Argumentative Essay on Gay Marriage
Marriage: the ceremonial binding of two people into one couple. Historically marriage has been the institution were a man and woman join together in the promise of love. Now days the traditional view of marriage is being changed by gay and lesbian couples demanding the same right to love, honor, and cherish their partners as heterosexual couples have. This argumentative essay on Gay Marriage will explore both sides on the debate of gay and lesbian marriages.
Historically, marriage was seen as a religious and civil union that brought together a man and woman for the purpose of joining family and community interest. Love may have been a part of choosing a mate but not the only factor. Also, a purpose of marriage was to provide a socially sanctioned place for sexual relations. Over time society has came to believe that love is the only reason to marry. Following the sexual revolution of the 1960s and 1970s few people see sex as only being confined to the marriage bed. With these shifts in why to marry, what we expect from marriage has also changed. No longer is marriage a union that is based on the future and welfare of the community. Modern American society has privatized its view of marriage. Society sees marriage as an institution whose contours are plastic, whose purpose is to provide emotional satisfaction to the person concerned, and whose terms are negotiable and revocable. Marriage, traditionally limited to unions between men and woman, in its modern state is slowly beginning to include the idea of same sex couples. When love becomes the primary driving force to marry not the need to set up your own family then marriage can be open to any forms of partnerships.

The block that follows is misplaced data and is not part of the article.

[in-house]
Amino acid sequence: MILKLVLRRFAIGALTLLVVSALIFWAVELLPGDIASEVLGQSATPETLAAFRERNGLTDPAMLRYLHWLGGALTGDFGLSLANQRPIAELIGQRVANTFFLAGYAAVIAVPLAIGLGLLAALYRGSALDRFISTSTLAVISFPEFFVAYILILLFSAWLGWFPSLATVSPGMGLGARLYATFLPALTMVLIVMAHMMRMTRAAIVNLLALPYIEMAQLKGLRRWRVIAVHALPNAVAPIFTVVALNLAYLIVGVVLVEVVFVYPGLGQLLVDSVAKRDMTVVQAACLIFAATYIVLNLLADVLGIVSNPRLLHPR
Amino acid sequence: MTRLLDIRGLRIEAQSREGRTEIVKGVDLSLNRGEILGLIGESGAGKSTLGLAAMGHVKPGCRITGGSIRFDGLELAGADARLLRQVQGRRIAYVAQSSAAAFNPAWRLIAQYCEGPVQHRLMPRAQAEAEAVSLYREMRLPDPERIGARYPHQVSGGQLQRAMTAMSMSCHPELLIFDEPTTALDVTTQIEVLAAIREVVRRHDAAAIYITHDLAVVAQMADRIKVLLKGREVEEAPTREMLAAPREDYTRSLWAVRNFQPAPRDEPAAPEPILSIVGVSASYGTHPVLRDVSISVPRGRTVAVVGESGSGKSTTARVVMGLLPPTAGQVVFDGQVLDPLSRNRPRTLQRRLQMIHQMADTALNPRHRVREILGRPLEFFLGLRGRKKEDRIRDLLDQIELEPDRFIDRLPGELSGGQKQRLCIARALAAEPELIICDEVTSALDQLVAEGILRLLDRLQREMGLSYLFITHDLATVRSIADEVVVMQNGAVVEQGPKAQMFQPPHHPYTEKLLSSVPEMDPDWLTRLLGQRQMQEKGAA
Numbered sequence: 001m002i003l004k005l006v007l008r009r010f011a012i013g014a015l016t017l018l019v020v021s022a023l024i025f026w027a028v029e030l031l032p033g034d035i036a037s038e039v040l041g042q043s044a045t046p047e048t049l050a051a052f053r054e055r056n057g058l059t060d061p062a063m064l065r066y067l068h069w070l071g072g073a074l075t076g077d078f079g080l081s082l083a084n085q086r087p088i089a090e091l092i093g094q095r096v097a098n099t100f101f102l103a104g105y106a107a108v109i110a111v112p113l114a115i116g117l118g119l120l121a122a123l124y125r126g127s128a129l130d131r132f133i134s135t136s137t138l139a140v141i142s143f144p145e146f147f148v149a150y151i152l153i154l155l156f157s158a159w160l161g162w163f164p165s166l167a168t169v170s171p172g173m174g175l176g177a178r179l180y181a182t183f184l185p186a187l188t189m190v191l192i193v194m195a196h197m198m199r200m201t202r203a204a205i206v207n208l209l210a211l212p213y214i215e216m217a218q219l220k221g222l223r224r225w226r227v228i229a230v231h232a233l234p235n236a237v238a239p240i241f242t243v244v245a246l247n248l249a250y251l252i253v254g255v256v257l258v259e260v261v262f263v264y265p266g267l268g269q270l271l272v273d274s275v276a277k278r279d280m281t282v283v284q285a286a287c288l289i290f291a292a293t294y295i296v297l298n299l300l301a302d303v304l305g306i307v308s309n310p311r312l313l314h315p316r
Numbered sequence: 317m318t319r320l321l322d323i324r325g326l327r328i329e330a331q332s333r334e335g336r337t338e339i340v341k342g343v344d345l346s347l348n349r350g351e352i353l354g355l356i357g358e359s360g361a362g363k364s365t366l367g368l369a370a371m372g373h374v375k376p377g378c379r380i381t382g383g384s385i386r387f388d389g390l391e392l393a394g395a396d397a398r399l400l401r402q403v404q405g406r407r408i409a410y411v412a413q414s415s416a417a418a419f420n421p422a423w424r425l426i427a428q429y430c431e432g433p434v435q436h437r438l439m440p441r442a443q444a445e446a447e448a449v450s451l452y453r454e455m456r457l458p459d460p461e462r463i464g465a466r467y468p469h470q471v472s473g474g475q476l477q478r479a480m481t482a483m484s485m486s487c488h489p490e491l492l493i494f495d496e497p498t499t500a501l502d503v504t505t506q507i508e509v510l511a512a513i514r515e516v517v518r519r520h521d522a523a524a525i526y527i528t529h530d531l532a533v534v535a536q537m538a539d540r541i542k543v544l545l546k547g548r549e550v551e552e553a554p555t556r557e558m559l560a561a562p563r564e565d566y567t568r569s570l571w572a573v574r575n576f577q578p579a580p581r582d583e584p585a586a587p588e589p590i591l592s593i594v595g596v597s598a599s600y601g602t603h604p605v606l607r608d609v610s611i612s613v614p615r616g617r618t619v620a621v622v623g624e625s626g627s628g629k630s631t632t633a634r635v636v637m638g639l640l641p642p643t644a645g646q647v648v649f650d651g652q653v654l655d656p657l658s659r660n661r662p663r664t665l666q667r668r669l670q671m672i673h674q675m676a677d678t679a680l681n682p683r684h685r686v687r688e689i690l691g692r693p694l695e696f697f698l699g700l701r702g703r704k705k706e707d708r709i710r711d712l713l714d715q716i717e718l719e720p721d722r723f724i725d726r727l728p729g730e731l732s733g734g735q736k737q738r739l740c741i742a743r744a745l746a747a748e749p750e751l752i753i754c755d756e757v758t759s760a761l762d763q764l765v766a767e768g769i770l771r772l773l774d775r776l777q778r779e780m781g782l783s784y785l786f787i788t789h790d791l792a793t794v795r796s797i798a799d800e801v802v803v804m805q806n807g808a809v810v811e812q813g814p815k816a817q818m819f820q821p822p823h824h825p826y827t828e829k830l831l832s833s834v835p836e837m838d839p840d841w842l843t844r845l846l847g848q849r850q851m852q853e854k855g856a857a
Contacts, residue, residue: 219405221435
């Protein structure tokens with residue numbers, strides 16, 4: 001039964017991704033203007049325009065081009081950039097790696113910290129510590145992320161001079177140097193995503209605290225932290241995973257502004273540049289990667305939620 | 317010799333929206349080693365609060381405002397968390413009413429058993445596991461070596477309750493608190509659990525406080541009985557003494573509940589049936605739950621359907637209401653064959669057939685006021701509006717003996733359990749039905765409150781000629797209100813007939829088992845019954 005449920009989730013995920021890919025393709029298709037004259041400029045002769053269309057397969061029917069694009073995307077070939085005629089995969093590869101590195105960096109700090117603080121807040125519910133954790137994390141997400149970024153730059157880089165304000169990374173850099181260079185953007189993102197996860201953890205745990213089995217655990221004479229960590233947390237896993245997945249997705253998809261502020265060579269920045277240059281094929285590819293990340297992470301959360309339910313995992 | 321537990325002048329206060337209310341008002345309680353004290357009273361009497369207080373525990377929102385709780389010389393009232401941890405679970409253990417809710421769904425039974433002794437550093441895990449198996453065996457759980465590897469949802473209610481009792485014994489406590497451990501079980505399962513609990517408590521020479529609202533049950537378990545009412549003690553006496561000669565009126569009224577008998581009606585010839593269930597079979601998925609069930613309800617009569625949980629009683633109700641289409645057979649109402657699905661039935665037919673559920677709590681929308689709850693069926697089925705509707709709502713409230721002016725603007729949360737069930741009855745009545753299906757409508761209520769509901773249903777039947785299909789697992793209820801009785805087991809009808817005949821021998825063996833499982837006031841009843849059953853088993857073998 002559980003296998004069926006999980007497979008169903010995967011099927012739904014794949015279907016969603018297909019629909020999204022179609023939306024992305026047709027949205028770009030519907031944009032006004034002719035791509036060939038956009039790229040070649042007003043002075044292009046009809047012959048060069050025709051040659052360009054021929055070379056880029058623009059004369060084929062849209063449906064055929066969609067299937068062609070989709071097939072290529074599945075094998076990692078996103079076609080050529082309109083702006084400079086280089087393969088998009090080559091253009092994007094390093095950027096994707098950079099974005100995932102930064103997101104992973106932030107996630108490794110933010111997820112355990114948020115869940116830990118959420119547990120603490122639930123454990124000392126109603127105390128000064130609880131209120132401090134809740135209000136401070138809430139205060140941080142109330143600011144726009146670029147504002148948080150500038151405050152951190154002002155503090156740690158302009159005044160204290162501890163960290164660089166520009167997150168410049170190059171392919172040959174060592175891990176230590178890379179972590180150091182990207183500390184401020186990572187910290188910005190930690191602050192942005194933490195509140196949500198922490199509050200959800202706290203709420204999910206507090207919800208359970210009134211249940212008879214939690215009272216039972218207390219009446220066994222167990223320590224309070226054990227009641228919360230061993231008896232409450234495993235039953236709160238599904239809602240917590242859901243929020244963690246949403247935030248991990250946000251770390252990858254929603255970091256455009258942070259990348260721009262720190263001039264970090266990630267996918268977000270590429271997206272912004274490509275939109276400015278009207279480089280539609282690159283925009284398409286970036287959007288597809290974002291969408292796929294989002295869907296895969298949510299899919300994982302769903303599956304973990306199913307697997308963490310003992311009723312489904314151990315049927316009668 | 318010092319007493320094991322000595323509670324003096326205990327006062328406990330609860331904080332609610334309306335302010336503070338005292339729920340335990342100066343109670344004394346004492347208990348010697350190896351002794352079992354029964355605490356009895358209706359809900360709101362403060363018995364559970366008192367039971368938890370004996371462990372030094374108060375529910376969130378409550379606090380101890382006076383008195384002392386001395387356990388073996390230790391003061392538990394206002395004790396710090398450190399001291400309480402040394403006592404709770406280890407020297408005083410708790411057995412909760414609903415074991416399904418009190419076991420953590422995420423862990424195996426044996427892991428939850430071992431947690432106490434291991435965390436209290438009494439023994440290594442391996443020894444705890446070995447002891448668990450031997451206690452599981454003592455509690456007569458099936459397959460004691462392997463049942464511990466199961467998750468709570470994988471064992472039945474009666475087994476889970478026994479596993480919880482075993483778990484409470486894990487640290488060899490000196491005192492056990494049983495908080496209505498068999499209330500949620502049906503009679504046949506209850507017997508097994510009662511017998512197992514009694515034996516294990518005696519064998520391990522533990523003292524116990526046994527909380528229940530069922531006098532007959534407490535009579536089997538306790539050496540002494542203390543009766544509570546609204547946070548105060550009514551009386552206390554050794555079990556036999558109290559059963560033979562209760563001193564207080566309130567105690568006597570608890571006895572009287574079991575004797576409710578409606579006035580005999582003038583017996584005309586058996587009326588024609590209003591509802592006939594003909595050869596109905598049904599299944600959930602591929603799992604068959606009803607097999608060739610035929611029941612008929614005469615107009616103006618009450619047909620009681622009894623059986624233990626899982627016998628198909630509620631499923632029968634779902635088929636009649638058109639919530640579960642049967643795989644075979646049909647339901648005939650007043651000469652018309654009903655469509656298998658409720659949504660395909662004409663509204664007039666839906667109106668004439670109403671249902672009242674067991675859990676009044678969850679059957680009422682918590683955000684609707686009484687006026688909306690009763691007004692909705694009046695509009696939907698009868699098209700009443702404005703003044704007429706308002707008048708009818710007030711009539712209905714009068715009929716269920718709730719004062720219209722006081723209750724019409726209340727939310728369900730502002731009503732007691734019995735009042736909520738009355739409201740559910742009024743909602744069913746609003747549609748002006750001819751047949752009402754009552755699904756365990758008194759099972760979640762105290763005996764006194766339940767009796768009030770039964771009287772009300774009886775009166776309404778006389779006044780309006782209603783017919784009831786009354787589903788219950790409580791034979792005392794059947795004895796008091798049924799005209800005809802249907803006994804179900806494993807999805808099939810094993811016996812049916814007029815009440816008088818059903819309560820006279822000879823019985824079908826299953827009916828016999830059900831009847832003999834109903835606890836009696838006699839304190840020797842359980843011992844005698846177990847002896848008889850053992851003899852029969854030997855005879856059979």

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Currently a same sex couple cannot marry in the United States. A few states such as Vermont have same sex marriage laws that allow gay and lesbian couples to form civil unions, a formal ceremony is performed by a civil servant and the couple receives a piece of paper, similar to a marriage license, saying that they are committed to each other. A civil union is not recognized as legally binding by any state other then the state wear it was performed in. Also, civil unions afford none of the rights to same sex couples as marriage does to heterosexual couples.
While same sex marriages are not legal in the United States, Canada allows them. Over the summer the Canadian federal government decided not to contest the ruling of three provincial courts that had all came to the conclusion that denying homosexuals the right to marry violated Canada’s constitution. Canada, following the Netherlands and Belgium, is the first country in the western hemisphere to give full-fledged martial rights for gays and lesbians.